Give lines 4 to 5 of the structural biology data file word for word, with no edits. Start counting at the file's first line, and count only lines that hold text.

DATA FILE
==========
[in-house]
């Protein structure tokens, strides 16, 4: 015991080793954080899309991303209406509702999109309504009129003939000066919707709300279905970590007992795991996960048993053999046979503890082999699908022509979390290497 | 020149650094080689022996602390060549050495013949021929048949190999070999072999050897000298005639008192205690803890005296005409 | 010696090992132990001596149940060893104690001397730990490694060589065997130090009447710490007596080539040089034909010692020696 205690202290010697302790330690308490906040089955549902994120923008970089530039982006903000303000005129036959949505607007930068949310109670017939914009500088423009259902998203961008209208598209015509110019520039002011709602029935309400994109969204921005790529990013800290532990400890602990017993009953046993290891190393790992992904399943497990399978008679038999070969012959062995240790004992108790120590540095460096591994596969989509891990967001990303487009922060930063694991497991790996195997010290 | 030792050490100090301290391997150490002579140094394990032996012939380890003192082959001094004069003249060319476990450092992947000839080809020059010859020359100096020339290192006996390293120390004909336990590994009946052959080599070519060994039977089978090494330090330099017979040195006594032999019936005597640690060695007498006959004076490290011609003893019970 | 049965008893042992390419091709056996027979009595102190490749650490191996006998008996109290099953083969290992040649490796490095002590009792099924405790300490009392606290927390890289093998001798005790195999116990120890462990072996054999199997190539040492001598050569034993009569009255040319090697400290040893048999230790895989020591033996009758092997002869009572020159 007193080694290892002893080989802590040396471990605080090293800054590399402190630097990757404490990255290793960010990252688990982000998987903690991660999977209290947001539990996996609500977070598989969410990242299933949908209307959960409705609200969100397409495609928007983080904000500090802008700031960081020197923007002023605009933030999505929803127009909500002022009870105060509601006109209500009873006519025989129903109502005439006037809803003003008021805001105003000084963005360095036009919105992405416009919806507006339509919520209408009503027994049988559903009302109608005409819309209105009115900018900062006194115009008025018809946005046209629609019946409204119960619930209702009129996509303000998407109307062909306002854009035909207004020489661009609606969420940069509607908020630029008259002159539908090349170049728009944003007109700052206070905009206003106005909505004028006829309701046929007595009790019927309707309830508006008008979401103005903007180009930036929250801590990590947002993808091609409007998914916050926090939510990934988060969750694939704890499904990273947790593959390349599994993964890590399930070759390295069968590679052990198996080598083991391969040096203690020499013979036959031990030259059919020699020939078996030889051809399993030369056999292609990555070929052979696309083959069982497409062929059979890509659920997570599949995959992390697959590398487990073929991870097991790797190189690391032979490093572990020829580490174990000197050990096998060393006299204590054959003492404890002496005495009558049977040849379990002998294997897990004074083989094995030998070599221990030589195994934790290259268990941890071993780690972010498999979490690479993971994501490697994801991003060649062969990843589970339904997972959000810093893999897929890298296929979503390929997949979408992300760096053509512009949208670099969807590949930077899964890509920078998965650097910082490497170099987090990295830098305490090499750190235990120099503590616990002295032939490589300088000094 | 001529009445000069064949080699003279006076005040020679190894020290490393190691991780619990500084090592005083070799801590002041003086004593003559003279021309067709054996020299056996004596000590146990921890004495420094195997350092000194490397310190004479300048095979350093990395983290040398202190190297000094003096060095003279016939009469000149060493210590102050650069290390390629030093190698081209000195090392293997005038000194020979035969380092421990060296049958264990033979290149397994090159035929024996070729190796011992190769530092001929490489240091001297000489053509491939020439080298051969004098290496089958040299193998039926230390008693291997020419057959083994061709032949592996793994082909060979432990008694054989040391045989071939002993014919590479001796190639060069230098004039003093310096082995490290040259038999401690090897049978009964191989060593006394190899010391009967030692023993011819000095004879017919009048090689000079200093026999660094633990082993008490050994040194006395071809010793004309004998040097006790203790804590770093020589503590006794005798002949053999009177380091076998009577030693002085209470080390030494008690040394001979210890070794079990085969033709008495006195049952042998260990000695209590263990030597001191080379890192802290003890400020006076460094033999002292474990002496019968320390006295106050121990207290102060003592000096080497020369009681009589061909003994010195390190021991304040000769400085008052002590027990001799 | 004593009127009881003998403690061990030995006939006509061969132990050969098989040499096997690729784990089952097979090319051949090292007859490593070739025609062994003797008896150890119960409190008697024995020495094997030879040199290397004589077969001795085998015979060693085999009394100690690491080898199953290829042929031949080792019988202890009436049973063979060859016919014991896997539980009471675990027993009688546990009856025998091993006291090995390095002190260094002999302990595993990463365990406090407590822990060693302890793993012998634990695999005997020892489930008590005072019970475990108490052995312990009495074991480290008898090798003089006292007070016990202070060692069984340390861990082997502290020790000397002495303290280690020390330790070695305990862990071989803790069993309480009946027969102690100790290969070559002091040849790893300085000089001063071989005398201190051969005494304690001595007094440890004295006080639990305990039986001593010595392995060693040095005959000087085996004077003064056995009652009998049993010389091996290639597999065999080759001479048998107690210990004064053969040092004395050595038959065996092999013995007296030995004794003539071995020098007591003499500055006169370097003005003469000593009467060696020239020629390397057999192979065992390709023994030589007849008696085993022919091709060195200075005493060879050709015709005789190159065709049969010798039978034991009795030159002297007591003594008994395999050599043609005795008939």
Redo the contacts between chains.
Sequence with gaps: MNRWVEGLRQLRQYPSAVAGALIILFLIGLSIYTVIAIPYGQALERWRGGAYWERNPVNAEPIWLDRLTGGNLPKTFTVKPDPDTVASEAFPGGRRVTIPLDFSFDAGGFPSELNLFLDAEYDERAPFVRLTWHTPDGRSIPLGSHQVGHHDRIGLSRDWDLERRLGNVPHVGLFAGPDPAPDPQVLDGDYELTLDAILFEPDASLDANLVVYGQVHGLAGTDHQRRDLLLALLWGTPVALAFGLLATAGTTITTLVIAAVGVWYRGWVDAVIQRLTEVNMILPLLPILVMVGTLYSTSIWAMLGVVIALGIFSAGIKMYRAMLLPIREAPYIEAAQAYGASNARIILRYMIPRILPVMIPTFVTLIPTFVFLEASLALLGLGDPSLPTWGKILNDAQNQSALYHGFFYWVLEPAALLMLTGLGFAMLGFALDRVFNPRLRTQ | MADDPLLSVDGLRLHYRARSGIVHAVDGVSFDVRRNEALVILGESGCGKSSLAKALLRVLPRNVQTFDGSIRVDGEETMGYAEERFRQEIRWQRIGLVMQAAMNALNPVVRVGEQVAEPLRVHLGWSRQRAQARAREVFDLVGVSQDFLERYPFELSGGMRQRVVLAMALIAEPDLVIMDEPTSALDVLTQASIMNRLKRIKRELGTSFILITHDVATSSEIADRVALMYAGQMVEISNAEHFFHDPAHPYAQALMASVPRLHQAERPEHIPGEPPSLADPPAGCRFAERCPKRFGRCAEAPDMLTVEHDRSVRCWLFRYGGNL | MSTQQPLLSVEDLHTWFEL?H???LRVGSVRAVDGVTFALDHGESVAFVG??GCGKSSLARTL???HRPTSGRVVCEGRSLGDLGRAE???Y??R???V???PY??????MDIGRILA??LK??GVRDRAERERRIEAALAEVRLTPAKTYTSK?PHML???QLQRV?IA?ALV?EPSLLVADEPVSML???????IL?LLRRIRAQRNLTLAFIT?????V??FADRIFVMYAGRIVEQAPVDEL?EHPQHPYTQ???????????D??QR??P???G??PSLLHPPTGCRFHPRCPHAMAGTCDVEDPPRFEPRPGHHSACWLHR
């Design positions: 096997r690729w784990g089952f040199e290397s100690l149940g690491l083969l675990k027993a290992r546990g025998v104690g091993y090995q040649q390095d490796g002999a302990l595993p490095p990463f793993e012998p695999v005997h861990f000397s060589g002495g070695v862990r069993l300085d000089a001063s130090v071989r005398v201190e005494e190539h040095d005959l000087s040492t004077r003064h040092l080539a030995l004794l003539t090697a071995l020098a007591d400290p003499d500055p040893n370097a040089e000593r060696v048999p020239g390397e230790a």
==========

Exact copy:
Sequence with gaps: MNRWVEGLRQLRQYPSAVAGALIILFLIGLSIYTVIAIPYGQALERWRGGAYWERNPVNAEPIWLDRLTGGNLPKTFTVKPDPDTVASEAFPGGRRVTIPLDFSFDAGGFPSELNLFLDAEYDERAPFVRLTWHTPDGRSIPLGSHQVGHHDRIGLSRDWDLERRLGNVPHVGLFAGPDPAPDPQVLDGDYELTLDAILFEPDASLDANLVVYGQVHGLAGTDHQRRDLLLALLWGTPVALAFGLLATAGTTITTLVIAAVGVWYRGWVDAVIQRLTEVNMILPLLPILVMVGTLYSTSIWAMLGVVIALGIFSAGIKMYRAMLLPIREAPYIEAAQAYGASNARIILRYMIPRILPVMIPTFVTLIPTFVFLEASLALLGLGDPSLPTWGKILNDAQNQSALYHGFFYWVLEPAALLMLTGLGFAMLGFALDRVFNPRLRTQ | MADDPLLSVDGLRLHYRARSGIVHAVDGVSFDVRRNEALVILGESGCGKSSLAKALLRVLPRNVQTFDGSIRVDGEETMGYAEERFRQEIRWQRIGLVMQAAMNALNPVVRVGEQVAEPLRVHLGWSRQRAQARAREVFDLVGVSQDFLERYPFELSGGMRQRVVLAMALIAEPDLVIMDEPTSALDVLTQASIMNRLKRIKRELGTSFILITHDVATSSEIADRVALMYAGQMVEISNAEHFFHDPAHPYAQALMASVPRLHQAERPEHIPGEPPSLADPPAGCRFAERCPKRFGRCAEAPDMLTVEHDRSVRCWLFRYGGNL | MSTQQPLLSVEDLHTWFEL?H???LRVGSVRAVDGVTFALDHGESVAFVG??GCGKSSLARTL???HRPTSGRVVCEGRSLGDLGRAE???Y??R???V???PY??????MDIGRILA??LK??GVRDRAERERRIEAALAEVRLTPAKTYTSK?PHML???QLQRV?IA?ALV?EPSLLVADEPVSML???????IL?LLRRIRAQRNLTLAFIT?????V??FADRIFVMYAGRIVEQAPVDEL?EHPQHPYTQ???????????D??QR??P???G??PSLLHPPTGCRFHPRCPHAMAGTCDVEDPPRFEPRPGHHSACWLHR
């Design positions: 096997r690729w784990g089952f040199e290397s100690l149940g690491l083969l675990k027993a290992r546990g025998v104690g091993y090995q040649q390095d490796g002999a302990l595993p490095p990463f793993e012998p695999v005997h861990f000397s060589g002495g070695v862990r069993l300085d000089a001063s130090v071989r005398v201190e005494e190539h040095d005959l000087s040492t004077r003064h040092l080539a030995l004794l003539t090697a071995l020098a007591d400290p003499d500055p040893n370097a040089e000593r060696v048999p020239g390397e230790a």